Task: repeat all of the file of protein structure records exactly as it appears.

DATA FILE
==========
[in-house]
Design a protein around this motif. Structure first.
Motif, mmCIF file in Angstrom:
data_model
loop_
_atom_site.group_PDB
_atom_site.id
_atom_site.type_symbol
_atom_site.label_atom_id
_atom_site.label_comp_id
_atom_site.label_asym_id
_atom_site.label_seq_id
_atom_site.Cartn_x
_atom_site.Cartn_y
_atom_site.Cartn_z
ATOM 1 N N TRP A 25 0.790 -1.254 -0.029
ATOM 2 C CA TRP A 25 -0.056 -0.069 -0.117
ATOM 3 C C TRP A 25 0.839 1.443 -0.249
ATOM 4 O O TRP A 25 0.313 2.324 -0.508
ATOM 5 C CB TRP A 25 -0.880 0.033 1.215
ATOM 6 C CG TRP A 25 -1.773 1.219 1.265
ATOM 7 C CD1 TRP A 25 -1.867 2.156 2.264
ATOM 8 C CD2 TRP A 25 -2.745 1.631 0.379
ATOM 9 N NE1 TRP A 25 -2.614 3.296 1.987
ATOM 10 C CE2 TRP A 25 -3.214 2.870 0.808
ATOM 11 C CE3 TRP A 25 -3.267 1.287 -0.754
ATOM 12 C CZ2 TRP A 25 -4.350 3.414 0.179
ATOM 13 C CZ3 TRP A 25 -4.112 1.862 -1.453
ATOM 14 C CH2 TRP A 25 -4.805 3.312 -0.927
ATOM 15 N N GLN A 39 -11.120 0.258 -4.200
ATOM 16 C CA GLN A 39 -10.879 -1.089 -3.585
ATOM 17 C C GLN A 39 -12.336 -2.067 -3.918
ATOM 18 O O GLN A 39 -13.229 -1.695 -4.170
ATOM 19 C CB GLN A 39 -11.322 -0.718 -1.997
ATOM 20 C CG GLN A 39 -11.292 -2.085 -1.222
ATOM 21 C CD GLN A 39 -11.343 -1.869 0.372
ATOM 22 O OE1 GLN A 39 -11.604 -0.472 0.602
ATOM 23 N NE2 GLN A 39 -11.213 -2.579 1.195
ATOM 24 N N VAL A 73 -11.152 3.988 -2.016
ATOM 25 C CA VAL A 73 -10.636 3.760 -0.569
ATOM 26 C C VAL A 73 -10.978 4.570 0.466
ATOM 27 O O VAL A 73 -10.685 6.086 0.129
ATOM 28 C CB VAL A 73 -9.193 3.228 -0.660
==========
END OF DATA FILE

[in-house]
Design a protein around this motif. Structure first.
Motif, mmCIF file in Angstrom:
data_model
loop_
_atom_site.group_PDB
_atom_site.id
_atom_site.type_symbol
_atom_site.label_atom_id
_atom_site.label_comp_id
_atom_site.label_asym_id
_atom_site.label_seq_id
_atom_site.Cartn_x
_atom_site.Cartn_y
_atom_site.Cartn_z
ATOM 1 N N TRP A 25 0.790 -1.254 -0.029
ATOM 2 C CA TRP A 25 -0.056 -0.069 -0.117
ATOM 3 C C TRP A 25 0.839 1.443 -0.249
ATOM 4 O O TRP A 25 0.313 2.324 -0.508
ATOM 5 C CB TRP A 25 -0.880 0.033 1.215
ATOM 6 C CG TRP A 25 -1.773 1.219 1.265
ATOM 7 C CD1 TRP A 25 -1.867 2.156 2.264
ATOM 8 C CD2 TRP A 25 -2.745 1.631 0.379
ATOM 9 N NE1 TRP A 25 -2.614 3.296 1.987
ATOM 10 C CE2 TRP A 25 -3.214 2.870 0.808
ATOM 11 C CE3 TRP A 25 -3.267 1.287 -0.754
ATOM 12 C CZ2 TRP A 25 -4.350 3.414 0.179
ATOM 13 C CZ3 TRP A 25 -4.112 1.862 -1.453
ATOM 14 C CH2 TRP A 25 -4.805 3.312 -0.927
ATOM 15 N N GLN A 39 -11.120 0.258 -4.200
ATOM 16 C CA GLN A 39 -10.879 -1.089 -3.585
ATOM 17 C C GLN A 39 -12.336 -2.067 -3.918
ATOM 18 O O GLN A 39 -13.229 -1.695 -4.170
ATOM 19 C CB GLN A 39 -11.322 -0.718 -1.997
ATOM 20 C CG GLN A 39 -11.292 -2.085 -1.222
ATOM 21 C CD GLN A 39 -11.343 -1.869 0.372
ATOM 22 O OE1 GLN A 39 -11.604 -0.472 0.602
ATOM 23 N NE2 GLN A 39 -11.213 -2.579 1.195
ATOM 24 N N VAL A 73 -11.152 3.988 -2.016
ATOM 25 C CA VAL A 73 -10.636 3.760 -0.569
ATOM 26 C C VAL A 73 -10.978 4.570 0.466
ATOM 27 O O VAL A 73 -10.685 6.086 0.129
ATOM 28 C CB VAL A 73 -9.193 3.228 -0.660